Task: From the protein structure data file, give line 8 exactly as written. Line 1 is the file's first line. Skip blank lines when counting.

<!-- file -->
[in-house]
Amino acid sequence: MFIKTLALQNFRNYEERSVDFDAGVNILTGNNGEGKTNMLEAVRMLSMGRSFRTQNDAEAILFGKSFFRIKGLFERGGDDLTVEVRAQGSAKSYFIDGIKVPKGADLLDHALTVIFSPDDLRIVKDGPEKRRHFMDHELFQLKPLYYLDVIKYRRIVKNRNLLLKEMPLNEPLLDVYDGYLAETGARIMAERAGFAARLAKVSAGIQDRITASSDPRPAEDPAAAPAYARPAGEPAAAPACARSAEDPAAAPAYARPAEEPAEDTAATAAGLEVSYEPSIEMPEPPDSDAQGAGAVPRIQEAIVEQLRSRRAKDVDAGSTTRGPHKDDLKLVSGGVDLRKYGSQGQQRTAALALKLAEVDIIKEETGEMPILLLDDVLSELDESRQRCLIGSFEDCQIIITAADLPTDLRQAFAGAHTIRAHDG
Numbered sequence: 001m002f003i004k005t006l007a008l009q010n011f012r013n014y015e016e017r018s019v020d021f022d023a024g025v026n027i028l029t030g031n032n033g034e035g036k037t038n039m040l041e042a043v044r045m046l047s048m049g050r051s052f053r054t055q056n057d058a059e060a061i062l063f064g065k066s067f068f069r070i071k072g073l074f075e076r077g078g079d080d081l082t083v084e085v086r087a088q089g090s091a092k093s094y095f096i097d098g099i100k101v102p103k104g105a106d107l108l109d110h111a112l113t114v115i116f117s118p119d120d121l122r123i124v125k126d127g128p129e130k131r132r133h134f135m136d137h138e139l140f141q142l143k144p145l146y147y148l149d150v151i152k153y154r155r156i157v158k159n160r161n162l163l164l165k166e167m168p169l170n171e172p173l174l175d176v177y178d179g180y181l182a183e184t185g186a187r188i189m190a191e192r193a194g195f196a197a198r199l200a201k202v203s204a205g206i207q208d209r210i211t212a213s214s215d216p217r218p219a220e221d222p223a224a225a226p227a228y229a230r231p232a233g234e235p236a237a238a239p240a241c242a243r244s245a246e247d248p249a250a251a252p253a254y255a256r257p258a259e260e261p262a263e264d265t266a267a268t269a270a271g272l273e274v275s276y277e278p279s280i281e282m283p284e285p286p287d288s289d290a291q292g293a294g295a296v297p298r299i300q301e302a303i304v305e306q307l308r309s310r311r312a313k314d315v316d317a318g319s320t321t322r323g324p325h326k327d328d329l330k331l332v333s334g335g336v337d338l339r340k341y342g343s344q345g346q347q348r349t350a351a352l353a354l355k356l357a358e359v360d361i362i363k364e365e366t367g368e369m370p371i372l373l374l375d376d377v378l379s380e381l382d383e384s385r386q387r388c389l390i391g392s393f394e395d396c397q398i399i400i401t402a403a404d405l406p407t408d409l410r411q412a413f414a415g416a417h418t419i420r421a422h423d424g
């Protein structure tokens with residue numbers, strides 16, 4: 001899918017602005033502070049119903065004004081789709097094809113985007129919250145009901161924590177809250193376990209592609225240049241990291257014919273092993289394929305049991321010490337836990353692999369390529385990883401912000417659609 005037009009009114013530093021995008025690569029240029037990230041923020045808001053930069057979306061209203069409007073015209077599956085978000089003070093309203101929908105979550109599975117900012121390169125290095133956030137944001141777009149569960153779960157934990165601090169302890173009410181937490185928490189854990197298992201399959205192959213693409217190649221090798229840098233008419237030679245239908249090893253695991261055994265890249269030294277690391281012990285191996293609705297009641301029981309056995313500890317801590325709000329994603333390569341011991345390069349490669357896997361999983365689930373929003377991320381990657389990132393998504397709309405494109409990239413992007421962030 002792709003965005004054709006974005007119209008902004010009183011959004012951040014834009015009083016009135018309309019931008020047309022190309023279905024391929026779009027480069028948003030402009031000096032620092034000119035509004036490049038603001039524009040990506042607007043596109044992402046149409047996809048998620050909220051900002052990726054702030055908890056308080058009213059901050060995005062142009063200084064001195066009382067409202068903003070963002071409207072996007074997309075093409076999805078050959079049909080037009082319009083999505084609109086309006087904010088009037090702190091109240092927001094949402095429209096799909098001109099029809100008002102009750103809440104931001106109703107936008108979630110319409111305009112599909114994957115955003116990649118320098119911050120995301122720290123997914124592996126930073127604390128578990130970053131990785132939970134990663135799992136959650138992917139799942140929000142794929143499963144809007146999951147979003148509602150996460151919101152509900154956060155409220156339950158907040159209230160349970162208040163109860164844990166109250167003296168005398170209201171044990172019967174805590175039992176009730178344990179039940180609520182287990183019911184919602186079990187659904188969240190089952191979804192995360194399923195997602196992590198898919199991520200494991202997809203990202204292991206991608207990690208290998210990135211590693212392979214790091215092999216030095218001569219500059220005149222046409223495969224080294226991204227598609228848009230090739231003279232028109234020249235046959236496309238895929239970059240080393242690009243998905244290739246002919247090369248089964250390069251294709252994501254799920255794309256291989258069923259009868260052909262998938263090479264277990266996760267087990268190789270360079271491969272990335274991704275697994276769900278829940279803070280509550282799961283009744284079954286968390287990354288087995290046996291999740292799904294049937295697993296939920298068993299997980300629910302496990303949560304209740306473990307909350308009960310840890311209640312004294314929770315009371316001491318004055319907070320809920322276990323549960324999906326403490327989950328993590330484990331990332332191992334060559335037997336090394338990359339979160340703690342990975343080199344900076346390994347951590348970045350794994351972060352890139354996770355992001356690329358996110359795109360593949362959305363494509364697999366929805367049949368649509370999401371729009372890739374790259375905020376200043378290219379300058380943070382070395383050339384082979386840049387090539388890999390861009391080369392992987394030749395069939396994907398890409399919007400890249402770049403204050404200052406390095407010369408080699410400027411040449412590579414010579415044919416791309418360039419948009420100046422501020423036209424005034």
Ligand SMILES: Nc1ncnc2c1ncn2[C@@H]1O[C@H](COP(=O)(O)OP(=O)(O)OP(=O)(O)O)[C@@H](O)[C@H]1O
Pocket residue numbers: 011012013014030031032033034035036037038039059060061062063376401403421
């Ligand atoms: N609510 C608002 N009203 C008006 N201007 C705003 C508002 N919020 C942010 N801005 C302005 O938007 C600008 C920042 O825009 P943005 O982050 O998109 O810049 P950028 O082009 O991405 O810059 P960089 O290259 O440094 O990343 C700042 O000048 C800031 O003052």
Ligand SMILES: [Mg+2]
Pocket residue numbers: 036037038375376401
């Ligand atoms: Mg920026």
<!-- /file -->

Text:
Ligand SMILES: [Mg+2]